JpGU-AGU Joint Meeting 2017

Presentation information

[EE] Poster

A (Atmospheric and Hydrospheric Sciences) » A-OS Ocean Sciences & Ocean Environment

[A-OS16] [EE] Interdisciplinary ocean studies for global change

Mon. May 22, 2017 1:45 PM - 3:15 PM Poster Hall (International Exhibition Hall HALL7)

convener:Michio Kawamiya(Japan Agency for Marine-Earth Science and Technology), Shin-ichi Ito(Atmosphere and Ocean Research Institute, The University of Tokyo), Haruko Kurihara(University of the Ryukyus), Shoshiro Minobe(Graduate School of Science, Hokkaido University)

[AOS16-P04] Effects of the Changjiang (Yangtze) River plume magnitude on organic carbon consumption in the East China Sea in summer

*Chung-Chi Chen1, Gwo-Ching Gong2 (1.National Taiwan Normal University, Taipei, Taiwan, 2.National Taiwan Ocean University, Keelung, Taiwan)

Keywords:Plankton community respiration, organic carbon consumption, East China Sea, The Changjiang River, River plume, Phytoplankton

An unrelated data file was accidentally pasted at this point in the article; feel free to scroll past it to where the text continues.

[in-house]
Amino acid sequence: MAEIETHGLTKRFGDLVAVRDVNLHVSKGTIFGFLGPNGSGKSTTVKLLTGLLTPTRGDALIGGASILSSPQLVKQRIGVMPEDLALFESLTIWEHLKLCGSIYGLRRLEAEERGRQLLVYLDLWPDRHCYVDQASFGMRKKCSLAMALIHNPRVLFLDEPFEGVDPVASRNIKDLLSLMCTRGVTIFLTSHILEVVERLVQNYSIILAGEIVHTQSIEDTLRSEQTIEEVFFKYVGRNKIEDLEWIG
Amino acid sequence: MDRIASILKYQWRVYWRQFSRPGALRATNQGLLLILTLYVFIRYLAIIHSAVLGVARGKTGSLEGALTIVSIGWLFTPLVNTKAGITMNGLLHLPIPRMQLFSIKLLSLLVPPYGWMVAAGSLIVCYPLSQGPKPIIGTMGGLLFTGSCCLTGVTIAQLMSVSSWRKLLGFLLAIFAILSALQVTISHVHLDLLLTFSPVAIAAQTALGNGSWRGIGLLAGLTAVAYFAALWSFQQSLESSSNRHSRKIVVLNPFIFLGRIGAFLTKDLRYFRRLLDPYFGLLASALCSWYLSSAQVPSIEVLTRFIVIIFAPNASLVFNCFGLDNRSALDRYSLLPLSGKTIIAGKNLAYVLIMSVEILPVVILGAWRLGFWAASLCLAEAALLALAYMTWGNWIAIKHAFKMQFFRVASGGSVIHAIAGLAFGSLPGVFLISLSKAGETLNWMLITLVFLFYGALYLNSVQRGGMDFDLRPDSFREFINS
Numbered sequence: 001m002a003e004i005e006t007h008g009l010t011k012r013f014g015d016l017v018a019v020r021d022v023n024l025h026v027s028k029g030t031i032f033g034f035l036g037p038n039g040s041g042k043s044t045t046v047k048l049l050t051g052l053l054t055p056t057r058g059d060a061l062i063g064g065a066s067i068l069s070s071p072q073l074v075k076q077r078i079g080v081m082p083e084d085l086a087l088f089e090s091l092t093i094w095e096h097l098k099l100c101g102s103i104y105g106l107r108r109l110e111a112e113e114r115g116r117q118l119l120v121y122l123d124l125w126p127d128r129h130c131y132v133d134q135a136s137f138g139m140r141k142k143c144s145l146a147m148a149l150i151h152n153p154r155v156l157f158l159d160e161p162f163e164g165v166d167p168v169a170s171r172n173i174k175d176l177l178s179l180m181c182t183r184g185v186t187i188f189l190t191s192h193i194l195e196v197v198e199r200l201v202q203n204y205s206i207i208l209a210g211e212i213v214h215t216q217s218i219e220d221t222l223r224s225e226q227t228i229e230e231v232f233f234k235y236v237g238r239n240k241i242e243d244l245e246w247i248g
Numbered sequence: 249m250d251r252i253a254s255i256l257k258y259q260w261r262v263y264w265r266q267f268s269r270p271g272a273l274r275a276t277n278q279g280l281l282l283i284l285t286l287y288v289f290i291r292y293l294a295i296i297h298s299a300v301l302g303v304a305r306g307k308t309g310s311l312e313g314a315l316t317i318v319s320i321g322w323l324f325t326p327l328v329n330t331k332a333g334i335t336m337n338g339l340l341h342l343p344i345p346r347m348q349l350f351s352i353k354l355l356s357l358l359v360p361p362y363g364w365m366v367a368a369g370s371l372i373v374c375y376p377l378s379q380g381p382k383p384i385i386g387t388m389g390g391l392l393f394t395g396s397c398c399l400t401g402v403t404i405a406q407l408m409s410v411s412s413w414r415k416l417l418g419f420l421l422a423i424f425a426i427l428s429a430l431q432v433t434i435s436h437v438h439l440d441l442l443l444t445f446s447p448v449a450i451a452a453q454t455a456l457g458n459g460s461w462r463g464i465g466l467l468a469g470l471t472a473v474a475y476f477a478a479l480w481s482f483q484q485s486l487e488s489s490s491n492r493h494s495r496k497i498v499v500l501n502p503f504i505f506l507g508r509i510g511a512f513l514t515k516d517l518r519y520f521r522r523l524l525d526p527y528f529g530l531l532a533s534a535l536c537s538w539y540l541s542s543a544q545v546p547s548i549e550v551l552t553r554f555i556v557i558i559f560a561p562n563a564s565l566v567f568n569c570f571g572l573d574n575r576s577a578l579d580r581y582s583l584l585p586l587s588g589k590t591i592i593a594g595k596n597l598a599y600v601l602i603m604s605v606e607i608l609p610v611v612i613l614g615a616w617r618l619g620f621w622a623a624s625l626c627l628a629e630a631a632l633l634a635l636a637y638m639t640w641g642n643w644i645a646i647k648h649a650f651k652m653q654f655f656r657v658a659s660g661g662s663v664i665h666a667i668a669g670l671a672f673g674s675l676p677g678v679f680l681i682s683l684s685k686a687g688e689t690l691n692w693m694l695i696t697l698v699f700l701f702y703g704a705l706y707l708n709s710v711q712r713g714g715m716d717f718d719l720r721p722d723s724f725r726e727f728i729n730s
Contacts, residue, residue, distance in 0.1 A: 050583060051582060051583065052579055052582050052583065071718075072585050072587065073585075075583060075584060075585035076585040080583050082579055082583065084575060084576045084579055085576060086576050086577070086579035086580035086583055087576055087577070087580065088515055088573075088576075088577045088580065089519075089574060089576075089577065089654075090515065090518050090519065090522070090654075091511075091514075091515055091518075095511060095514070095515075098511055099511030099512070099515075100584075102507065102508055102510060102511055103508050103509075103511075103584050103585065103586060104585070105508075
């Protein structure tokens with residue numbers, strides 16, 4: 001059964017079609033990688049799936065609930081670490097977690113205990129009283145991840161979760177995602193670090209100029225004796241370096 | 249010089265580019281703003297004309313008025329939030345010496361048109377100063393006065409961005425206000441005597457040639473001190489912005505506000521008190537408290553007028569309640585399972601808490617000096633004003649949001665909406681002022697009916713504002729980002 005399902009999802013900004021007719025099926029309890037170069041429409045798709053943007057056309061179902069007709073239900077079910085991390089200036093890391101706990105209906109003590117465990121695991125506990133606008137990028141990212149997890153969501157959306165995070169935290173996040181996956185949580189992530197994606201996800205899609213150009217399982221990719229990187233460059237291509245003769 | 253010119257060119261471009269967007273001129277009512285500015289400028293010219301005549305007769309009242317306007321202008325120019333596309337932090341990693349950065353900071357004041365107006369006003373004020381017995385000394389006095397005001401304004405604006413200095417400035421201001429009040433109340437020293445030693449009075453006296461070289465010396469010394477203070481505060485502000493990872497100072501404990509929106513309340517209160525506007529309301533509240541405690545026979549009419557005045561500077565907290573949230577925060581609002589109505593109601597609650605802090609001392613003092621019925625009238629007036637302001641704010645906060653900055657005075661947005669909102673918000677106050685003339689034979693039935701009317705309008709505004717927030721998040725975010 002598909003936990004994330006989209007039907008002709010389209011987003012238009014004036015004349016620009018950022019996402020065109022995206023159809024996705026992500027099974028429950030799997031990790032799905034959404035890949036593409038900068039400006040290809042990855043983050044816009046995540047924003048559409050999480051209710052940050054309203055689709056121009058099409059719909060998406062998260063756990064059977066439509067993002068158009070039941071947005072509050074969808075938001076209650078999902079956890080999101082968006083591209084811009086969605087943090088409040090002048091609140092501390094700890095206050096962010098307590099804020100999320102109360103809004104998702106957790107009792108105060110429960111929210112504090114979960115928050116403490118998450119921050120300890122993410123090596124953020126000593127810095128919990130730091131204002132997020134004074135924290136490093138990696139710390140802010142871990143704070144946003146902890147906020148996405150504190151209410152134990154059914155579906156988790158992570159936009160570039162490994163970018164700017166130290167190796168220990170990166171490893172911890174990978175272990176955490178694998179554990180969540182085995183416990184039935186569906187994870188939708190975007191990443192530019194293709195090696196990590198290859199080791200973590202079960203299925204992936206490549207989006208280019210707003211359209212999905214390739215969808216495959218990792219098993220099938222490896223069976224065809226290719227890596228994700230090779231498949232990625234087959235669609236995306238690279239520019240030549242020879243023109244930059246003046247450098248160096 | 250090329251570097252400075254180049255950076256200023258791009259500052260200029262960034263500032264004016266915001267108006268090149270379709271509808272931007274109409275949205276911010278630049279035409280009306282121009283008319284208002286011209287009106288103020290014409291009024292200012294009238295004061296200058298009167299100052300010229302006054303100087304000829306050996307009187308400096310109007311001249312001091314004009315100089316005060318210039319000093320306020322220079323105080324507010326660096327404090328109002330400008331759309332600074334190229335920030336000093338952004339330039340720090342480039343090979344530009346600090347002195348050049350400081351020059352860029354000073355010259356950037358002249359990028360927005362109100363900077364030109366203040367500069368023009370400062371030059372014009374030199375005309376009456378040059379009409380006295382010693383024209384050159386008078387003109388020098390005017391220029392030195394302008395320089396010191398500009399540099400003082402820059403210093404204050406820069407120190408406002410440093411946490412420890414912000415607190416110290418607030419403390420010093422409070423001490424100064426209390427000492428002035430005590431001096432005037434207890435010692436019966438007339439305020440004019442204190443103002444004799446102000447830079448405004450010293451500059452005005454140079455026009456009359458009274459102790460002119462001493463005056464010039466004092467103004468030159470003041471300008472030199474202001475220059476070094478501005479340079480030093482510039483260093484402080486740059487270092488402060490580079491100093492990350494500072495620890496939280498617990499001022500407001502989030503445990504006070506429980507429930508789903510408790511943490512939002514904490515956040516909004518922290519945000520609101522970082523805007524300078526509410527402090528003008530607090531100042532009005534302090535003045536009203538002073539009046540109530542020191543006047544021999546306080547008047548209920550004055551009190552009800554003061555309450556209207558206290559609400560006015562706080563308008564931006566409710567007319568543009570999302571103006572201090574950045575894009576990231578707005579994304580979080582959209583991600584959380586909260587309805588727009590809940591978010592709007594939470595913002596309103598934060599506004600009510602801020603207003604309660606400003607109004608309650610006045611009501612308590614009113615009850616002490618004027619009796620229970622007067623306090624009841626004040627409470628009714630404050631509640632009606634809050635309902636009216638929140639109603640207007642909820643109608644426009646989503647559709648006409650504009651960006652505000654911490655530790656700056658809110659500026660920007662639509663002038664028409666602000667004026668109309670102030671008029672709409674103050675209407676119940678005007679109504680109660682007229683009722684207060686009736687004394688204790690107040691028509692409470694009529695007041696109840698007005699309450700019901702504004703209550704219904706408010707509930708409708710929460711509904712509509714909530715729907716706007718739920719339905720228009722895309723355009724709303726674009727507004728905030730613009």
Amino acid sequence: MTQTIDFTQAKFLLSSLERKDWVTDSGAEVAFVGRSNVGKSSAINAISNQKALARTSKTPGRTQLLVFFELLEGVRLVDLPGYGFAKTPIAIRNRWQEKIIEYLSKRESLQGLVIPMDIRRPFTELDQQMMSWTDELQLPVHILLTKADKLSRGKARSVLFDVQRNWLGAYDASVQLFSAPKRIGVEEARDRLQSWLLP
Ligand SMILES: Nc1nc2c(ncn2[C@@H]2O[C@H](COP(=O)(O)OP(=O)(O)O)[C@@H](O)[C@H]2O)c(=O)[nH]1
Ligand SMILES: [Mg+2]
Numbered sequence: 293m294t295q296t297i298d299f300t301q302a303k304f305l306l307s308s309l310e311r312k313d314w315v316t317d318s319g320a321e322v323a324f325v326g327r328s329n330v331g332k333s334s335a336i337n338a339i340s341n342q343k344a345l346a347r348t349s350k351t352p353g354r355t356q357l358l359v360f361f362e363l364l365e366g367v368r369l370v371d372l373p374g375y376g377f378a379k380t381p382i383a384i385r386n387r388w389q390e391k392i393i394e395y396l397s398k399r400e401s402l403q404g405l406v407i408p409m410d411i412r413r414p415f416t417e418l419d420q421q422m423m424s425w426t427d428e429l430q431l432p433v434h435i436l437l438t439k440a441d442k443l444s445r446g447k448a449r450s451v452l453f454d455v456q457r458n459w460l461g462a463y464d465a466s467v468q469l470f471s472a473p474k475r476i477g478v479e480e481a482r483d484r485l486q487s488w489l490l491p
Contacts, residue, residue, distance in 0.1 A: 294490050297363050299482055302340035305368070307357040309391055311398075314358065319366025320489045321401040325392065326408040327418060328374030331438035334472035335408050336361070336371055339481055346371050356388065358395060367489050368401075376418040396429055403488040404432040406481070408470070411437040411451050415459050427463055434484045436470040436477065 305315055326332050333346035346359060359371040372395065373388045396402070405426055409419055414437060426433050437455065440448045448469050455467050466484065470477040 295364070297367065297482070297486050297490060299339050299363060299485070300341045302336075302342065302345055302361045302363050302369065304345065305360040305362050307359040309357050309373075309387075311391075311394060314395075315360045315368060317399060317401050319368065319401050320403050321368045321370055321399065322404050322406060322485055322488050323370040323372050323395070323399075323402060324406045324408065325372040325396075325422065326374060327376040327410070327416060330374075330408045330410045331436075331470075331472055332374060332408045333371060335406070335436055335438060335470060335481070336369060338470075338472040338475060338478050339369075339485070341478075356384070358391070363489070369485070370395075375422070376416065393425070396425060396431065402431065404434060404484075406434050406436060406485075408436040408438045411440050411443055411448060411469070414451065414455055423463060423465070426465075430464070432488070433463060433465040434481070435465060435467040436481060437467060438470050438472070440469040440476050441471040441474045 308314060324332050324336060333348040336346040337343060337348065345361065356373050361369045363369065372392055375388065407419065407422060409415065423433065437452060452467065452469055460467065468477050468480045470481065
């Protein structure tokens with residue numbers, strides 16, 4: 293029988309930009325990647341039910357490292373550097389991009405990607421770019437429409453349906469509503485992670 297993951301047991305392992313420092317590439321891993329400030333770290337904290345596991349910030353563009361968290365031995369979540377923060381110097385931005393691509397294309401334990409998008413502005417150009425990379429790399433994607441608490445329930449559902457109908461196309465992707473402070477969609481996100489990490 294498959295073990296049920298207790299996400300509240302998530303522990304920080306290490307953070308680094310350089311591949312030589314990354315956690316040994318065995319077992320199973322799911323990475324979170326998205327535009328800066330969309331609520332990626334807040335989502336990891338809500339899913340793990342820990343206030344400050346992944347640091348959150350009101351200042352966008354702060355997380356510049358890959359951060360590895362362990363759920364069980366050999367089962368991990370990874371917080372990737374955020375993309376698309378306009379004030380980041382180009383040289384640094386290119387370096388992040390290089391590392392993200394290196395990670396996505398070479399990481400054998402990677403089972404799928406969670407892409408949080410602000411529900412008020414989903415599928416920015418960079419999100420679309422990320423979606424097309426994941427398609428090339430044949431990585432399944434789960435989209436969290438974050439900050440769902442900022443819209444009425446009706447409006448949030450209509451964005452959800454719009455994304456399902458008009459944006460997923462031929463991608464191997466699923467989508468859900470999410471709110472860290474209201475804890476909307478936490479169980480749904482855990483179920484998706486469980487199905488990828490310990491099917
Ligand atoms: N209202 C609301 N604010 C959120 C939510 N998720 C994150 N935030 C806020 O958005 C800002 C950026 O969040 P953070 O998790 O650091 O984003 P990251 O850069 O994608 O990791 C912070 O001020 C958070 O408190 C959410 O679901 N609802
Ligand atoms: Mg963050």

Understanding how freshwater discharge influences coastal ecological processes is an important factor in exploring global carbon cycling in the adjacent seas. Especially, under the current conditions of climate change, such heavy freshwater discharge events are predicted to become even more pronounced in the near future because of the dramatic increases in extreme rainfall events and floods predicted to occur throughout the world. However, few studies have focused on the effects of freshwater discharged magnitude on organic carbon consumption in continental shelf ecosystems, especially which influenced by large river, e.g., the Changjiang River. In this study, the effects of the Changjiang River plume magnitude on the East China Sea ecosystem were examined by using over a decade of summer data set. Results show that the amount of organic carbon consumption was positively related to the area of the Changjiang diluted water (ACDW; sea surface salinity < 31; p < 0.001). Interestingly, the rate of organic carbon consumption (per m3) was however negatively regressed to the ACDW (p < 0.001). As expected, the rate of plankton community respiration was also significantly related to plankton biomass, especially phytoplankton. The growth of phytoplankton seemed limited by light intensity in the plume region. In addition, the whole ecosystem in the plume region was more phosphate limitation when using all pooled data. This unprecedented data might help to better understand how ecosystems response to variant magnitude to the river plume.